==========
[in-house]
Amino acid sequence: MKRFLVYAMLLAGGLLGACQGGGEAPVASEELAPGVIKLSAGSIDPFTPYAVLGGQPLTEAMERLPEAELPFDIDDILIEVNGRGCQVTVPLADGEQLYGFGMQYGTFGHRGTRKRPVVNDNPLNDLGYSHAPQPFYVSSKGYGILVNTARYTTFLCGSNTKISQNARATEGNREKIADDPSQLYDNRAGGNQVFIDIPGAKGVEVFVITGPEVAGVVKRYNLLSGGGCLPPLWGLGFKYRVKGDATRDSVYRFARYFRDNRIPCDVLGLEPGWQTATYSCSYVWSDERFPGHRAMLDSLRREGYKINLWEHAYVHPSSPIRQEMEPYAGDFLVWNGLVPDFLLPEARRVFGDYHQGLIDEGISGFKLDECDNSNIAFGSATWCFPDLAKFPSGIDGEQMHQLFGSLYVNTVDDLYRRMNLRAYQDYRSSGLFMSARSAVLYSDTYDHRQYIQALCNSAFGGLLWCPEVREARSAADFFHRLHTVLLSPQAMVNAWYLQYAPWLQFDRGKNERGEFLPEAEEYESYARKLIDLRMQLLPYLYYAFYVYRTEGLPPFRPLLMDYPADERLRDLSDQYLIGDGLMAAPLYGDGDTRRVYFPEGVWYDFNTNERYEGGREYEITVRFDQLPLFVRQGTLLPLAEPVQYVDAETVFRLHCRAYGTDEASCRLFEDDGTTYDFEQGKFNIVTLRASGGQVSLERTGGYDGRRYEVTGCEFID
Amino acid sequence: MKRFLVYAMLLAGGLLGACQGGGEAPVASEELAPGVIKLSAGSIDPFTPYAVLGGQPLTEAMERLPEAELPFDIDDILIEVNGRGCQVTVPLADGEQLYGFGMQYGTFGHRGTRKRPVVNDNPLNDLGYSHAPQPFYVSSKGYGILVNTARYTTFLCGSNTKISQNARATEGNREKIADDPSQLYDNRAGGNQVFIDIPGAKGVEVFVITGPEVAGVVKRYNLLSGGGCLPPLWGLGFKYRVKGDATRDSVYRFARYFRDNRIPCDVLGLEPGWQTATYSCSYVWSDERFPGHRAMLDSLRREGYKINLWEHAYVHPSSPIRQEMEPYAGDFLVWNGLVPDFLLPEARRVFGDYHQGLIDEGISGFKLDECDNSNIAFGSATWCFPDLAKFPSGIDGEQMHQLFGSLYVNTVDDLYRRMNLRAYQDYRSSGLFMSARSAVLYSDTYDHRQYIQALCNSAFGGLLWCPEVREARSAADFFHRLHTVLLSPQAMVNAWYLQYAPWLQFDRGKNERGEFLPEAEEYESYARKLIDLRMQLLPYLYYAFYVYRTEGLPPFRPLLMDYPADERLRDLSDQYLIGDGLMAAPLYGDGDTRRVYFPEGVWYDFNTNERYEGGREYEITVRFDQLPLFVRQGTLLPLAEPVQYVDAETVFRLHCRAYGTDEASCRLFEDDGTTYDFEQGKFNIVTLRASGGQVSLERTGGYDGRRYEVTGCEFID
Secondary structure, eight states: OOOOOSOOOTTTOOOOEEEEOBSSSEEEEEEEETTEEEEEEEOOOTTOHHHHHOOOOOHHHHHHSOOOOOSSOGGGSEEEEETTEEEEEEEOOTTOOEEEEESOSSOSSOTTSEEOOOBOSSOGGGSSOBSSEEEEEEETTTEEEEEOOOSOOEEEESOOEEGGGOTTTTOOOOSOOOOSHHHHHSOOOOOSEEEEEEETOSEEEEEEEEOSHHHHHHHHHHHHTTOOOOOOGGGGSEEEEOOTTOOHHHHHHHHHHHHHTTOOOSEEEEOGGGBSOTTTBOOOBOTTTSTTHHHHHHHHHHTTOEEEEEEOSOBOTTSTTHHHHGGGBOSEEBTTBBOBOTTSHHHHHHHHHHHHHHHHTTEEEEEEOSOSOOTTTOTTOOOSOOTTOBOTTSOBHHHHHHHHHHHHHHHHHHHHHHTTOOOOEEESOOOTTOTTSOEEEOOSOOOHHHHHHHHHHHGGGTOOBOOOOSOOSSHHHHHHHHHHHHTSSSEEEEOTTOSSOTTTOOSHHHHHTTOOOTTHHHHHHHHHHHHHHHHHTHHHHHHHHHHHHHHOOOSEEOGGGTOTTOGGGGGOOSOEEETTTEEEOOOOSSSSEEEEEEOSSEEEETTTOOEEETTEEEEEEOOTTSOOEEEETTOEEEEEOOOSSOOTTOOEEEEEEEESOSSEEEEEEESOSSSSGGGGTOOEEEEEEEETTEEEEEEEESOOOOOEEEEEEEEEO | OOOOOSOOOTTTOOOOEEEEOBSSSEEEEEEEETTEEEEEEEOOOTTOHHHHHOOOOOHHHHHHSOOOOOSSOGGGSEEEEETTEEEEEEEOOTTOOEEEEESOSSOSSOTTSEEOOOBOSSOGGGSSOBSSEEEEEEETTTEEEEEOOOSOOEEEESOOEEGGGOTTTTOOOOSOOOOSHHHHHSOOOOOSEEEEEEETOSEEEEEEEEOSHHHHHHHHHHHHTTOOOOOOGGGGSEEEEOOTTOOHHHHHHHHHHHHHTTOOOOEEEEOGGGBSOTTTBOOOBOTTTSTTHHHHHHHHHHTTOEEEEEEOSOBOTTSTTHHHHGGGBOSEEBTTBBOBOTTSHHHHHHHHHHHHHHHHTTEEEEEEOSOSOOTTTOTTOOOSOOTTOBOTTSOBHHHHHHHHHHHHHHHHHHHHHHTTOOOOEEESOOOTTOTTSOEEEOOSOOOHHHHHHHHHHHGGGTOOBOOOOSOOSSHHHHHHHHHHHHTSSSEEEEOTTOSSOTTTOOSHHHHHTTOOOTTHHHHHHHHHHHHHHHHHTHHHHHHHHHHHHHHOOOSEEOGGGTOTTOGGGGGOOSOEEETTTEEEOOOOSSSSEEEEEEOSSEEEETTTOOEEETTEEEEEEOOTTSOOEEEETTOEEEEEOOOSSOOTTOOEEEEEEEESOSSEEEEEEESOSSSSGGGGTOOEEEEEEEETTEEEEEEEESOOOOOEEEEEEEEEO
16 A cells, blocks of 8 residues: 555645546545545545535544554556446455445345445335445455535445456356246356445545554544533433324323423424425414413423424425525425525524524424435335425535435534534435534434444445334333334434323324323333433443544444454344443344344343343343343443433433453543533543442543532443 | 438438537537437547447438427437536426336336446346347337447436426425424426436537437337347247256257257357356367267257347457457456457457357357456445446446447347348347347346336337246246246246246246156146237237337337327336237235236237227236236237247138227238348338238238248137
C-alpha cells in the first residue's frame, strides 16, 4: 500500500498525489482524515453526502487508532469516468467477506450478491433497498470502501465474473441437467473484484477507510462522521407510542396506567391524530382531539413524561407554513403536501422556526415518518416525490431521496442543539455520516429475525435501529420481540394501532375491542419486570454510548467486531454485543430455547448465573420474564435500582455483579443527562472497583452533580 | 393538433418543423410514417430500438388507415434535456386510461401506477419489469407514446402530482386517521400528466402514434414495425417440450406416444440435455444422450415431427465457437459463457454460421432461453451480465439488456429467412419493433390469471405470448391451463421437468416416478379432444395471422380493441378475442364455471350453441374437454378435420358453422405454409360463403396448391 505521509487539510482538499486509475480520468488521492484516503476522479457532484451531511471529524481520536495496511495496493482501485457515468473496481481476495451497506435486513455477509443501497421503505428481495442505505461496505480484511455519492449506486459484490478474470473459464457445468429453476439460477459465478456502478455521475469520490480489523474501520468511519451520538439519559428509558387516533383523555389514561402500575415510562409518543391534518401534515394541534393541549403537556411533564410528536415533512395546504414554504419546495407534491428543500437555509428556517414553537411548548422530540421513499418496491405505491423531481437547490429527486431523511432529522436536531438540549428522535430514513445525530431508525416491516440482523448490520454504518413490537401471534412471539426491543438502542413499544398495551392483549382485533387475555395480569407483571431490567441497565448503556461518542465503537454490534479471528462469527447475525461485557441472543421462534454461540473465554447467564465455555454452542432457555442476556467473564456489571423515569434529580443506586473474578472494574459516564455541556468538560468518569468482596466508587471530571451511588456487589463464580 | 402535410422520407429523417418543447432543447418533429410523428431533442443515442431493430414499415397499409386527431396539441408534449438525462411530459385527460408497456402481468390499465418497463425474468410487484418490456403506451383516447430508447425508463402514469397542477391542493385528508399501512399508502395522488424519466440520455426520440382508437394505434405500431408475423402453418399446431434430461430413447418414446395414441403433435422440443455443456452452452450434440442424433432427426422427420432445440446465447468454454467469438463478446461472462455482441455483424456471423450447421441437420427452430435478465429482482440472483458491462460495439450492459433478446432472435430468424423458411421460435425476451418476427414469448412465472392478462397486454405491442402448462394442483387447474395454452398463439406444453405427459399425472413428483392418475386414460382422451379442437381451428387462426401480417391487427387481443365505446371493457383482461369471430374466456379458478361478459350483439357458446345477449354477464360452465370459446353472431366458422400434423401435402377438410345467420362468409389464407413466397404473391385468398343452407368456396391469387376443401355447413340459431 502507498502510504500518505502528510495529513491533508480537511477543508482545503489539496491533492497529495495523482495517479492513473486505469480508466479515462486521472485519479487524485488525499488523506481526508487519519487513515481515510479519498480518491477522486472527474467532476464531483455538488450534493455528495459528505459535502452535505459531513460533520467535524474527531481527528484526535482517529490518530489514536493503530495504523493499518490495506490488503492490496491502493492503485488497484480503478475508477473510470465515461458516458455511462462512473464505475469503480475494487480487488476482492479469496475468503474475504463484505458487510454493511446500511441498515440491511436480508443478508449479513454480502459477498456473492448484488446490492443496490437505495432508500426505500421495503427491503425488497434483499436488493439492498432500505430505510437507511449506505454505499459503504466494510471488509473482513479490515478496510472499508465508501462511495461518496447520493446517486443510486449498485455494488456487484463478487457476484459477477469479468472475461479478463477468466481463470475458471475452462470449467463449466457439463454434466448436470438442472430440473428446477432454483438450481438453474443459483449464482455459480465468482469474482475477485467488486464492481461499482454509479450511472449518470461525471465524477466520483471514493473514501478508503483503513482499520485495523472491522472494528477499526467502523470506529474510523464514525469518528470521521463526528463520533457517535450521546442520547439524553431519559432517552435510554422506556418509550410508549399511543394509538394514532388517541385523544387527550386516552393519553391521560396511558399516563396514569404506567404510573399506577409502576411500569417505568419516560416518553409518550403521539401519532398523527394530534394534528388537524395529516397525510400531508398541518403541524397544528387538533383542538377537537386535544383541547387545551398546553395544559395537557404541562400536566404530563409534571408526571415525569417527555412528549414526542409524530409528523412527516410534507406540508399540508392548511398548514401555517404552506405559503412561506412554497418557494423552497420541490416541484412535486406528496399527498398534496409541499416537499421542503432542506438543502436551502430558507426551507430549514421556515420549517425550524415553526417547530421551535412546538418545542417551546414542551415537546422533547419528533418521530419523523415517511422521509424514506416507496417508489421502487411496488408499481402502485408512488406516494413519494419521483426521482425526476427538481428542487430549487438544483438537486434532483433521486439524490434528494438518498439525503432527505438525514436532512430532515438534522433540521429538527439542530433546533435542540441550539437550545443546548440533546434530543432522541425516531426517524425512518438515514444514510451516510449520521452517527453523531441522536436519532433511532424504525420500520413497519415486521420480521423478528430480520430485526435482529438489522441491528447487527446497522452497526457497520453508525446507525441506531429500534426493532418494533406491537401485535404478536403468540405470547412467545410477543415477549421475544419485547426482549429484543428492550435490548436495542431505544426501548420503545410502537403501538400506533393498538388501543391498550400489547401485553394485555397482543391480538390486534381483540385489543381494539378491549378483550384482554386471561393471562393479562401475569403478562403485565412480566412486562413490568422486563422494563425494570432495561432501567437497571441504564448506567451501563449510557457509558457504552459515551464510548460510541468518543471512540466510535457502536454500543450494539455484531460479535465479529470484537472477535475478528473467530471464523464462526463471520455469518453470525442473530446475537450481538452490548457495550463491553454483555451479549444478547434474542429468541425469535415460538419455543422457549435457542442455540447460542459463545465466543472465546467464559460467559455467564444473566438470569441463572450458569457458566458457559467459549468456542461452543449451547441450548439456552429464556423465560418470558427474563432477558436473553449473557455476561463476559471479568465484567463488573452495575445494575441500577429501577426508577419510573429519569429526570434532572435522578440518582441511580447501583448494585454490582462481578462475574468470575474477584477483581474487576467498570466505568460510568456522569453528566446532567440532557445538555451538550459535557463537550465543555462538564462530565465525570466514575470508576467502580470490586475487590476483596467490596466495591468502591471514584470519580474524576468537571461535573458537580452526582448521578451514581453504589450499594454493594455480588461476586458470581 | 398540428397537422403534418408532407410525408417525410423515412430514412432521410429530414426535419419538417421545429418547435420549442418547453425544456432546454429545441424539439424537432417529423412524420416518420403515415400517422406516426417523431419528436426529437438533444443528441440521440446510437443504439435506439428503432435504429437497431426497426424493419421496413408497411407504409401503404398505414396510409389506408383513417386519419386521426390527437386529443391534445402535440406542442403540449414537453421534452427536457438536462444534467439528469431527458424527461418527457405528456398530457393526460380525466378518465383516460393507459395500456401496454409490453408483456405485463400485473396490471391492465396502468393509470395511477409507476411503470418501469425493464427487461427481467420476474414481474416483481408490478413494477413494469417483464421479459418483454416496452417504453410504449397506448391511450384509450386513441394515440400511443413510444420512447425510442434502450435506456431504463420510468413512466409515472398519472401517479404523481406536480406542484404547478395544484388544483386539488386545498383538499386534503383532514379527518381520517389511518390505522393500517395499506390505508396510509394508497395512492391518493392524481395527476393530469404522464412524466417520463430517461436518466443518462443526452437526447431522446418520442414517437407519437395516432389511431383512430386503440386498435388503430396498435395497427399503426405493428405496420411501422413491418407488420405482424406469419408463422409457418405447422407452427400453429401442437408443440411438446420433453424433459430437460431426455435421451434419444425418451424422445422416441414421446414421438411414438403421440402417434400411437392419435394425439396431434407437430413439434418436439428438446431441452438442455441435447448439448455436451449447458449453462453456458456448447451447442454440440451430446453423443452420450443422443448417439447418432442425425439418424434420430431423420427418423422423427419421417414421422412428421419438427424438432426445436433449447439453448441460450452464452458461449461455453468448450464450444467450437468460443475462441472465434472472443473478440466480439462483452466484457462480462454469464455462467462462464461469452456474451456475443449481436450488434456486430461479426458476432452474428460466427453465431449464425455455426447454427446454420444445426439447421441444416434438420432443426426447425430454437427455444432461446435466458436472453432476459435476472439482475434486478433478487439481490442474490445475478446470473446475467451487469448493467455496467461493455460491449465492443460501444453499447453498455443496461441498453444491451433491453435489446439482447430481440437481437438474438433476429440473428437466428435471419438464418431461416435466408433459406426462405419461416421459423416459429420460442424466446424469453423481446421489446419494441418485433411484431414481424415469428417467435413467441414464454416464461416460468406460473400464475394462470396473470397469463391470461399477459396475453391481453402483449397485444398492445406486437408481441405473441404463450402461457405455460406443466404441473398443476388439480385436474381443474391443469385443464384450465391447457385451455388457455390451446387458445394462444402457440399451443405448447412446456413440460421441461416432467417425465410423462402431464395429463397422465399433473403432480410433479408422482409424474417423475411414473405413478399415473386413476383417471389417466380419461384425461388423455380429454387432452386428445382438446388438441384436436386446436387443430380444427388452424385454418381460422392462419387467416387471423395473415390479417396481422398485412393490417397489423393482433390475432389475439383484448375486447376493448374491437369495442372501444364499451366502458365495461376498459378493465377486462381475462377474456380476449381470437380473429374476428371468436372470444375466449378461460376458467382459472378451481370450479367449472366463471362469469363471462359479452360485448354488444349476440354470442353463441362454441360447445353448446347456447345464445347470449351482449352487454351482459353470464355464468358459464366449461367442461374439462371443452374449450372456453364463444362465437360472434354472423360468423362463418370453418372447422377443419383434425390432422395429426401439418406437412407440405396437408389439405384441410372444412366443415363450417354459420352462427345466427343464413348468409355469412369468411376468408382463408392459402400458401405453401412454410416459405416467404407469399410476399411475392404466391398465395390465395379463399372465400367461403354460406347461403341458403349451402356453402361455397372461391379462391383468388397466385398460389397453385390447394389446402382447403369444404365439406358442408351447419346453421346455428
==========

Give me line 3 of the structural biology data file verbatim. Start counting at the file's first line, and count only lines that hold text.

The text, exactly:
Amino acid sequence: MKRFLVYAMLLAGGLLGACQGGGEAPVASEELAPGVIKLSAGSIDPFTPYAVLGGQPLTEAMERLPEAELPFDIDDILIEVNGRGCQVTVPLADGEQLYGFGMQYGTFGHRGTRKRPVVNDNPLNDLGYSHAPQPFYVSSKGYGILVNTARYTTFLCGSNTKISQNARATEGNREKIADDPSQLYDNRAGGNQVFIDIPGAKGVEVFVITGPEVAGVVKRYNLLSGGGCLPPLWGLGFKYRVKGDATRDSVYRFARYFRDNRIPCDVLGLEPGWQTATYSCSYVWSDERFPGHRAMLDSLRREGYKINLWEHAYVHPSSPIRQEMEPYAGDFLVWNGLVPDFLLPEARRVFGDYHQGLIDEGISGFKLDECDNSNIAFGSATWCFPDLAKFPSGIDGEQMHQLFGSLYVNTVDDLYRRMNLRAYQDYRSSGLFMSARSAVLYSDTYDHRQYIQALCNSAFGGLLWCPEVREARSAADFFHRLHTVLLSPQAMVNAWYLQYAPWLQFDRGKNERGEFLPEAEEYESYARKLIDLRMQLLPYLYYAFYVYRTEGLPPFRPLLMDYPADERLRDLSDQYLIGDGLMAAPLYGDGDTRRVYFPEGVWYDFNTNERYEGGREYEITVRFDQLPLFVRQGTLLPLAEPVQYVDAETVFRLHCRAYGTDEASCRLFEDDGTTYDFEQGKFNIVTLRASGGQVSLERTGGYDGRRYEVTGCEFID